Feeds

Industry and academia line up to bash ID cards

MPs hear 2009 roll-out unlikely

Top three mobile application threats

The Commons Science and Technology Select Committee has heard a 2009 roll-out for ID cards is unlikely.

The comments came from London School of Economics (LSE) panelist Dr Edgar Whitley, one of the group behind the highly contentious report that put the upper limit on the scheme's cost at £19bn. Whitley's doubts on the 2009 target were echoed by National Physical Laboratory biometrics chief Dr Tony Mansfield and UCL professor Angela Sasse.

Whitley added he could still see no possibility that the Home Office's figure of £584m annually is feasible.

The four-strong panel of industry reps, who were quizzed by the Committee prior to the academics, was that much work still needs to be done on the specifications for the IT backbone of the scheme. The lack of consideration of online uses was a big oversight so far, they said.

Technology consultant and sometime Guardian contributor Dave Birch forwarded the view: "It may be that this system will fail completely and have to be reintroduced in 10 years." Oddly, he later said he thought this risk was "tolerable".

Industry reps and academics agreed that comparisons with existing ID schemes in other countries were of limited value. Microsoft's Jerry Fishenden said tangible reductions in identity fraud have not been measured. The societal impacts of government interventions vary hugely, said Sasse later.

The professor pointed out that, by their nature, studies of existing schemes have no controls; failures of the system cannot be properly assessed because they go undetected.

She added the Home Office's rubbishing of the LSE report was "astonishing".

The cross-party evidence session forms part of an inquiry into scientific advice to government. The consensus seemed to be the debate on ID cards has been "open but ill-informed". ®

Top three mobile application threats

More from The Register

next story
Lavabit loses contempt of court appeal over protecting Snowden, customers
Judges rule complaints about government power are too little, too late
Don't let no-hire pact suit witnesses call Steve Jobs a bullyboy, plead Apple and Google
'Irrelevant' character evidence should be excluded – lawyers
EFF: Feds plan to put 52 MILLION FACES into recognition database
System would identify faces as part of biometrics collection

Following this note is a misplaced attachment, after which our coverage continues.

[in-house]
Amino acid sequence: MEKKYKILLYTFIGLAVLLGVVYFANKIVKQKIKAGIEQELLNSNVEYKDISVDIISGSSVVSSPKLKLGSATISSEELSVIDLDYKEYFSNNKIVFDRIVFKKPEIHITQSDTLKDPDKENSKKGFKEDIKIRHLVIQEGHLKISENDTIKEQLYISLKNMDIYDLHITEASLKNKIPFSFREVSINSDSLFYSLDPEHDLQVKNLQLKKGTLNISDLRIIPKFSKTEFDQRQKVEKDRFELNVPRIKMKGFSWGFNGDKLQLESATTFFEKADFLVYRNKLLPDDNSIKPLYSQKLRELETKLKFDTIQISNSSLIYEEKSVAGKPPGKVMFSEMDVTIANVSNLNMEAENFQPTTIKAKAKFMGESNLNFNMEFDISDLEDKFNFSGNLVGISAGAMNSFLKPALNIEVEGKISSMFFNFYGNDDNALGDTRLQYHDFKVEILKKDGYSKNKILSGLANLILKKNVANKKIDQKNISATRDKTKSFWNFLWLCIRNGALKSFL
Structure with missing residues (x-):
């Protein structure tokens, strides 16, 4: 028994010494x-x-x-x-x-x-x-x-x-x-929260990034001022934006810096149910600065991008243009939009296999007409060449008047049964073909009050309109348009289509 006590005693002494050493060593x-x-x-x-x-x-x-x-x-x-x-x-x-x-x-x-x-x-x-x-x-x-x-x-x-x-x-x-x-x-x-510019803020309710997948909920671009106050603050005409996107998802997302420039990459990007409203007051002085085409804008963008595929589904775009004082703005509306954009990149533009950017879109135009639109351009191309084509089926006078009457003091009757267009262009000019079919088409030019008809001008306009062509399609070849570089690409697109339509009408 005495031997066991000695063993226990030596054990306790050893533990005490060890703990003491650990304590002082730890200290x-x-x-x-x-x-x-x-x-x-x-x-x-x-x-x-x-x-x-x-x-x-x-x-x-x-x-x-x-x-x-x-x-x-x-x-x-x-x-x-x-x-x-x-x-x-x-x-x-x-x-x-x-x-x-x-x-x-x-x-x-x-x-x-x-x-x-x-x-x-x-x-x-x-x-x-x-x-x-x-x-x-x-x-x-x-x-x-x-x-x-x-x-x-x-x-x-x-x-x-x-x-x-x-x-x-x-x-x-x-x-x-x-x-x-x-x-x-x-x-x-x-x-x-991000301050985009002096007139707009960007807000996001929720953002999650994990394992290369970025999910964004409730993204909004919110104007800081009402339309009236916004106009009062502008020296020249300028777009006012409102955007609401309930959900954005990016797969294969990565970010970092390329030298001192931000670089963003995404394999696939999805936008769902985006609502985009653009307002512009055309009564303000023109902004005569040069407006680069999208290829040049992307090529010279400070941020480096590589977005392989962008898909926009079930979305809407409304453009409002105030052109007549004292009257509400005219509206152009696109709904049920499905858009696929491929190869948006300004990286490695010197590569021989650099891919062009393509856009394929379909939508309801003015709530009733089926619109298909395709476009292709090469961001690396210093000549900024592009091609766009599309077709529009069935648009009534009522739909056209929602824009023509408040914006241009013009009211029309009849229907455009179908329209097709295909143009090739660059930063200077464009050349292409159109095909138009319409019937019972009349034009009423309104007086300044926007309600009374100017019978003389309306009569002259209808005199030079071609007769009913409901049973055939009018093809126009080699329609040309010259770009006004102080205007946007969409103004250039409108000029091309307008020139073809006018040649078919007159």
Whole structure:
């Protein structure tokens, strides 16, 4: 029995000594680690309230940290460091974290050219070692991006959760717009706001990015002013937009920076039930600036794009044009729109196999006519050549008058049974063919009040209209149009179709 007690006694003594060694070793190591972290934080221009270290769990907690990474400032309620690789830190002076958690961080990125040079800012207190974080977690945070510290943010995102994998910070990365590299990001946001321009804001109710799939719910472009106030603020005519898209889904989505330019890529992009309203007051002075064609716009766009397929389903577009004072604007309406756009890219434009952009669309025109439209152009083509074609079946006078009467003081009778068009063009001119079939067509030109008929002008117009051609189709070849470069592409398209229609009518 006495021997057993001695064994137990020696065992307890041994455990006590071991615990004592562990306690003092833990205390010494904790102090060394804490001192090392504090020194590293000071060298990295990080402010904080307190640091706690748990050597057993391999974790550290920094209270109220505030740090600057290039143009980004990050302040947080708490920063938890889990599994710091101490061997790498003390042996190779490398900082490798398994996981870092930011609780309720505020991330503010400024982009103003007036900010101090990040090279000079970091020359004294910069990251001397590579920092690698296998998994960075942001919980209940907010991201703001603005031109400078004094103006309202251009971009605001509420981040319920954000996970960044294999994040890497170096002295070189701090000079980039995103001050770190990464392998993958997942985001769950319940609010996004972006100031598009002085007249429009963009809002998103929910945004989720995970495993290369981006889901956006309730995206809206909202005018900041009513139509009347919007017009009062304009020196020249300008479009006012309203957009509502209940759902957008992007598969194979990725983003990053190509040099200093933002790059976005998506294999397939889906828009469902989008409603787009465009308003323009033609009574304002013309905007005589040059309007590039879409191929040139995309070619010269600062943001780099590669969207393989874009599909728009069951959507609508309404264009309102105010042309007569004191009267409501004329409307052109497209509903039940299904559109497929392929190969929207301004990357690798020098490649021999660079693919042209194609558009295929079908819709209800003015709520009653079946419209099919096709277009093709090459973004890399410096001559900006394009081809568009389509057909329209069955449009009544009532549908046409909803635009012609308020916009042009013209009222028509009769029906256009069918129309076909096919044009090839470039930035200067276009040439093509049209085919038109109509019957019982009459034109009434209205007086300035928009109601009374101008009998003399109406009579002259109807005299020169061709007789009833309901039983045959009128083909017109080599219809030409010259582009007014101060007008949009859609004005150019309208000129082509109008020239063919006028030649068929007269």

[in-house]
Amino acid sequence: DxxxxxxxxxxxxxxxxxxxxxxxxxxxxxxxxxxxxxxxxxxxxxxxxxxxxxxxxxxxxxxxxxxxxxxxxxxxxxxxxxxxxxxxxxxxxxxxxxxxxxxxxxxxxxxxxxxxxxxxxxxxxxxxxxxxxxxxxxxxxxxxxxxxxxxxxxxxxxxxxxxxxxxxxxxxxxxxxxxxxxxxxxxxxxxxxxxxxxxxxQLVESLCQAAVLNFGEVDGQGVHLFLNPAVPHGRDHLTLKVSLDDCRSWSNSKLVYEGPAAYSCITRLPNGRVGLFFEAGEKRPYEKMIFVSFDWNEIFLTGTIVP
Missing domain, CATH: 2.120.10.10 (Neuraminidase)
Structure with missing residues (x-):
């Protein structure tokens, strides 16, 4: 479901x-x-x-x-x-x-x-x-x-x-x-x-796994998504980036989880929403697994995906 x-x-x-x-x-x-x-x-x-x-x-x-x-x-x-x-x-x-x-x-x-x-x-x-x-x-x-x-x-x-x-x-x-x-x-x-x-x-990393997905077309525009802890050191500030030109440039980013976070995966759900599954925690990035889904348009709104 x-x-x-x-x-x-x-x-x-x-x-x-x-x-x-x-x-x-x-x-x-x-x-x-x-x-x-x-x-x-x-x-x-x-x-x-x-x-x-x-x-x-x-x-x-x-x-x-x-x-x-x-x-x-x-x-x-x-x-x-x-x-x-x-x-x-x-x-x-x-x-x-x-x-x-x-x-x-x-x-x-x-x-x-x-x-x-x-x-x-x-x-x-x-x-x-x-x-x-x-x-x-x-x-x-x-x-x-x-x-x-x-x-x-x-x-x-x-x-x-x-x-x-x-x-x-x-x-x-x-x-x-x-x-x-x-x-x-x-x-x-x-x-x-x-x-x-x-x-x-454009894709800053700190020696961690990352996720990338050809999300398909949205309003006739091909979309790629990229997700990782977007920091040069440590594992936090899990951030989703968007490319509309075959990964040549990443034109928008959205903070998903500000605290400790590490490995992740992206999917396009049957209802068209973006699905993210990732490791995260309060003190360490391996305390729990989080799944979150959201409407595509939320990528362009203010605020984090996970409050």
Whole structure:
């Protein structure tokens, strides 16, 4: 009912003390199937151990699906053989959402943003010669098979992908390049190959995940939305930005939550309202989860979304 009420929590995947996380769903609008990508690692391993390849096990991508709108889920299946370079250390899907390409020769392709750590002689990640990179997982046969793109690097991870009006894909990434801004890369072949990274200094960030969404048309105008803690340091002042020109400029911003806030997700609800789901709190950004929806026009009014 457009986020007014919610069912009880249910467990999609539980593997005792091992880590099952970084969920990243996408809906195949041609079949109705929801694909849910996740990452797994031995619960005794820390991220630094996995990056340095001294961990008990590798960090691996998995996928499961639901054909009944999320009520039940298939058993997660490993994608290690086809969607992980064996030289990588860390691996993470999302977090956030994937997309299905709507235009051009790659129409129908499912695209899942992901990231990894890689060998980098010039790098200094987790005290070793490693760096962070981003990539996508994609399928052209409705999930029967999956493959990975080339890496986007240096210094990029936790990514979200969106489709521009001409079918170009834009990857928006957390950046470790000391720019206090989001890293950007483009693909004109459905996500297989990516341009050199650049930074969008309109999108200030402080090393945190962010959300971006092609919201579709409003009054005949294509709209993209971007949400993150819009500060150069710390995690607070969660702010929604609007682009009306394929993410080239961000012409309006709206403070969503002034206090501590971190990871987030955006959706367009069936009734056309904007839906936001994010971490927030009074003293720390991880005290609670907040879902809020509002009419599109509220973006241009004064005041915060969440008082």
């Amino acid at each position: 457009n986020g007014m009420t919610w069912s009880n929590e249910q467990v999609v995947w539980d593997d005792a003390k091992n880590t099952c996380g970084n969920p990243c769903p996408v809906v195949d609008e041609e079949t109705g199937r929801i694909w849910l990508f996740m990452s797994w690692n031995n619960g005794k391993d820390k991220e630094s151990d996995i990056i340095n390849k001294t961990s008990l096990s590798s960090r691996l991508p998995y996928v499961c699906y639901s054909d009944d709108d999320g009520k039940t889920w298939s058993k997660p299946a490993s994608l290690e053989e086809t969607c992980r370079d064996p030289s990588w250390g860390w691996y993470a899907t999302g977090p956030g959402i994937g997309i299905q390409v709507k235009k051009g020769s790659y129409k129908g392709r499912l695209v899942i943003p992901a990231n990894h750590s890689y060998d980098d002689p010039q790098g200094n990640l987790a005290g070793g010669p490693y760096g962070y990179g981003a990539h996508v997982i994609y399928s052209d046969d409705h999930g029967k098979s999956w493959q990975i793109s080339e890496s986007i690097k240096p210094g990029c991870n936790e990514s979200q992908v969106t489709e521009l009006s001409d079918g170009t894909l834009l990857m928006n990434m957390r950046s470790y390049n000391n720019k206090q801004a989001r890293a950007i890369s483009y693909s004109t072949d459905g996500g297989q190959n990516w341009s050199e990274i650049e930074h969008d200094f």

Record labels sue Pandora over vintage song royalties
Companies want payout on recordings made before 1972
Edward Snowden on his Putin TV appearance: 'Why all the criticism?'
Denies Q&A cameo was meant to slam US, big-up Russia
Ex-Tony Blair adviser is new top boss at UK spy-hive GCHQ
Robert Hannigan to replace Sir Iain Lobban in the autumn
Judge halts spread of zombie Nortel patents to Texas in Google trial
Epic Rockstar patent war to be waged in California
German space centre endures cyber attack
Chinese code retrieved but NSA hack not ruled out
APPLE FAILS to ditch class action suit over ebook PRICE-FIX fiasco
Do not pass go, do cough (up to) $840m in damages
Whoever you vote for, Google gets in
Report uncovers giant octopus squid of lobbying influence
prev story

Whitepapers

Mainstay ROI - Does application security pay?
In this whitepaper learn how you and your enterprise might benefit from better software security.
Combat fraud and increase customer satisfaction
Based on their experience using HP ArcSight Enterprise Security Manager for IT security operations, Finansbank moved to HP ArcSight ESM for fraud management.
The benefits of software based PBX
Why you should break free from your proprietary PBX and how to leverage your existing server hardware.
Top three mobile application threats
Learn about three of the top mobile application security threats facing businesses today and recommendations on how to mitigate the risk.
3 Big data security analytics techniques
Applying these Big Data security analytics techniques can help you make your business safer by detecting attacks early, before significant damage is done.